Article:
CLOSE_WAIT means that the local end of the connection has received a FIN from the other end, but the OS is waiting for the program at the local end to actually close its connection.

The problem is your program running on the local machine is not closing the socket. It is not a TCP tuning issue. A connection can (and quite correctly) stay in CLOSE_WAIT forever while the program holds the connection open.

Once the local program closes the socket, the OS can send the FIN to the remote end which transitions you to LAST_ACK while you wait for the ACK of the FIN. Once that is received, the connection is finished and drops from the connection table (if your end is in CLOSE_WAIT you do not end up in the TIME_WAIT state).

  • 6
    how to close the socket?? May 1, 2015 at 10:51
  • 1
    You close the handle you have to the socket you opened. Use close() or closesocket(), depending on which platform you are using. Aug 22, 2015 at 23:21
  • @RemyLebeau I suppose the real question is how to wire-it-up in situations where it doesn't automatically happen. Why would a socket not be closed? It couldn't be waiting for incoming data (because of the FIN it would be canceled). Is it a failure to respond to the error condition of such a read operation?
    – sehe
    Jan 23, 2021 at 16:37

Even though too many CLOSE_WAIT connections mean there is something wrong with your code in the first place, there is an option, allthought is not accepted as good practice.

You might want to check out: https://github.com/rghose/kill-close-wait-connections

What this script does is send out the ACK which the connection was waiting for.

This is what worked for me.

  • you send act to close-wait socket. with not works .. if works ,why ?
    – Chinaxing
    Dec 18, 2015 at 6:07
  • I am guessing, the OS has already sent the FIN to the remote host. The remote host probably cannot reply with the ACK that the socket is expecting.
    – mirage
    Dec 18, 2015 at 10:06
  • yes, that's right ( from kernel code). but I also doubt about the SEQ of the packet you send, which is "10", does kernel not check it ?
    – Chinaxing
    Dec 21, 2015 at 8:45
  • Probably not. I think I tried with many random numbers, and they seemed to work.
    – mirage
    Dec 24, 2015 at 7:41

I'm also having the same issue with a very latest Tomcat server (7.0.40). It goes non-responsive once for a couple of days.

To see open connections, you may use:

sudo netstat -tonp | grep jsvc | grep --regexp="" --regexp="" | grep CLOSE_WAIT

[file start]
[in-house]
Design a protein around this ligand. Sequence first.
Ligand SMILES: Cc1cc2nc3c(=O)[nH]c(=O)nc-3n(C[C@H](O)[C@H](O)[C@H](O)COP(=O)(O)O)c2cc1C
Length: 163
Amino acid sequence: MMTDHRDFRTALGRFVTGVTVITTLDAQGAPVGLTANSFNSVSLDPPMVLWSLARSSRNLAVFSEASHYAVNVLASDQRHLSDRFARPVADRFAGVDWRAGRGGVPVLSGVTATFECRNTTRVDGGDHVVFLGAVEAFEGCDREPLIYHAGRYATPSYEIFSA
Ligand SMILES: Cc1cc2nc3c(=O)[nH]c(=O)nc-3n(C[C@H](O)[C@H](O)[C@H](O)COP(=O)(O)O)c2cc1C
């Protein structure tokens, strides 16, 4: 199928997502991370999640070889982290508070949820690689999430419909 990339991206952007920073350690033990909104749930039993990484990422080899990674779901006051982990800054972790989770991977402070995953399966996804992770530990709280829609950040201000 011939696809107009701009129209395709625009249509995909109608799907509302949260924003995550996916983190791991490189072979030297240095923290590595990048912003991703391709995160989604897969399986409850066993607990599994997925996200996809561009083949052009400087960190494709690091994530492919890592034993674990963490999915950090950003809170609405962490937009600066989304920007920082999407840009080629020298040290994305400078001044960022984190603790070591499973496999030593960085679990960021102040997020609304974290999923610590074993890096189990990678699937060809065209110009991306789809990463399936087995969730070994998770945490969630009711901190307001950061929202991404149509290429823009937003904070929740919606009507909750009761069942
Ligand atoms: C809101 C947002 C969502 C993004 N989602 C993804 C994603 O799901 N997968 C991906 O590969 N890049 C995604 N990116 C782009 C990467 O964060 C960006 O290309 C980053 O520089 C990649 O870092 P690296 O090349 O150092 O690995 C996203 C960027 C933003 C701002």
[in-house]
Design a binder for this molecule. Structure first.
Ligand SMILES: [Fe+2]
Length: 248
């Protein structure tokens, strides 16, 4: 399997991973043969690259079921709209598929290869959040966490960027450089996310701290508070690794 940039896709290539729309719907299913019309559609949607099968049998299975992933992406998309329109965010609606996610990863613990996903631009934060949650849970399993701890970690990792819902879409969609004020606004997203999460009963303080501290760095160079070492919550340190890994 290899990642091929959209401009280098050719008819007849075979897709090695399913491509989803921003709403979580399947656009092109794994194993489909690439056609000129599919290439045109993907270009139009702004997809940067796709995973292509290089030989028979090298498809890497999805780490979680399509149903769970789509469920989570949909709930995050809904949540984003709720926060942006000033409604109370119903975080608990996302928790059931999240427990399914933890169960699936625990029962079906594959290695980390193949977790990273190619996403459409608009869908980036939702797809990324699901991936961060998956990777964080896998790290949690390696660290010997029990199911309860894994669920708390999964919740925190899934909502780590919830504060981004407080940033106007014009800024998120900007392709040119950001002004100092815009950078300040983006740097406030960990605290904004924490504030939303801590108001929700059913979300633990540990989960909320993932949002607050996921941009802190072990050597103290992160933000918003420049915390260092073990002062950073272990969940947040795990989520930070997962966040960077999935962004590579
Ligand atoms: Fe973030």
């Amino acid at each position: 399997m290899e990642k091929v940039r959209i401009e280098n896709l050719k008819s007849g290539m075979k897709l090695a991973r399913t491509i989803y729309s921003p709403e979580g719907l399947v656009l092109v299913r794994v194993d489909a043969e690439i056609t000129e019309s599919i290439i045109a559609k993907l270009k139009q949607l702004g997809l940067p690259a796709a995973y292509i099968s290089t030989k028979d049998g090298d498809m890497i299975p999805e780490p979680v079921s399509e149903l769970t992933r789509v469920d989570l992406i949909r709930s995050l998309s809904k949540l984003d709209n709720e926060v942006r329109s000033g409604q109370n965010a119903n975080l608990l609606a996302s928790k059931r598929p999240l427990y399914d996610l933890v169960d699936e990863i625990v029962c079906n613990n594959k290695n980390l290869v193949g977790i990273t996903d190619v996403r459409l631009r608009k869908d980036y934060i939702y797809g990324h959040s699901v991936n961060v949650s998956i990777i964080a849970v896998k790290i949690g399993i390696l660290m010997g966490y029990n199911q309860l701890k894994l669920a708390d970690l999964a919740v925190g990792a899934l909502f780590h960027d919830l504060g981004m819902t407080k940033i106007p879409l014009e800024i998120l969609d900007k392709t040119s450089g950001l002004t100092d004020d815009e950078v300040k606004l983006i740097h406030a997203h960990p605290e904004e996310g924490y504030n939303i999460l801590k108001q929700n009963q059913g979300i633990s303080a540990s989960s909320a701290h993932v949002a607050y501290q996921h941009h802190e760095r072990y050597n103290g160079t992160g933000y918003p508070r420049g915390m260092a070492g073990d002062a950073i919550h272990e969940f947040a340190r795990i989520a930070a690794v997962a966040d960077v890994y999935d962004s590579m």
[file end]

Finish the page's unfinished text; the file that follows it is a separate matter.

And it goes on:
As mentioned in this post, you may use /proc/sys/net/ipv4/tcp_keepalive_time to view the values. The value seems to be in seconds and defaults to 7200 (i.e. 2 hours).

To change them, you need to edit /etc/sysctl.conf.

Open/create `/etc/sysctl.conf`
Add `net.ipv4.tcp_keepalive_time = 120` and save the file
Invoke `sysctl -p /etc/sysctl.conf`
Verify using `cat /proc/sys/net/ipv4/tcp_keepalive_time`
  • 6
    the answer is confusing. you said the non-responsive states has gone for several days.. but then you also try to set the keep alive time to only 120 seconds. even with the default value (7200 sec), it shouldn't last for several days, right?
    – fanchyna
    Sep 11, 2015 at 16:52

It should be mentioned that the Socket instance in both client and the server end needs to explicitly invoke close(). If only one of the ends invokes close() then too, the socket will remain in CLOSE_WAIT state.

  • CLOSE_WAIT should only happen if the server didn't invoke close(), if the client also didn't invoke close() then it remains as established. The "confusing" part is that the connection might also go to CLOSE_WAIT even if the server didn't yet invoke accept() on the socket and the client already close() Oct 30 at 6:16
  • clarifying myself; CLOSE_WAIT can't happen unless the server didn't call close(), and it also implies that the client called close() AND it didn't have the socket with linger enabled (which causes an RST to be sent instead of a FIN) Oct 30 at 22:08

It is also worth noting that if your program spawns a new process, that process may inherit all your opened handles. Even after your own program closs, those inherited handles can still be alive via the orphaned child process. And they don't necessarily show up quite the same in netstat. But all the same, the socket will hang around in CLOSE_WAIT while this child process is alive.

I had a case where I was running ADB. ADB itself spawns a server process if its not already running. This inherited all my handles initially, but did not show up as owning any of them when I was investigating (the same was true for both macOS and Windows - not sure about Linux).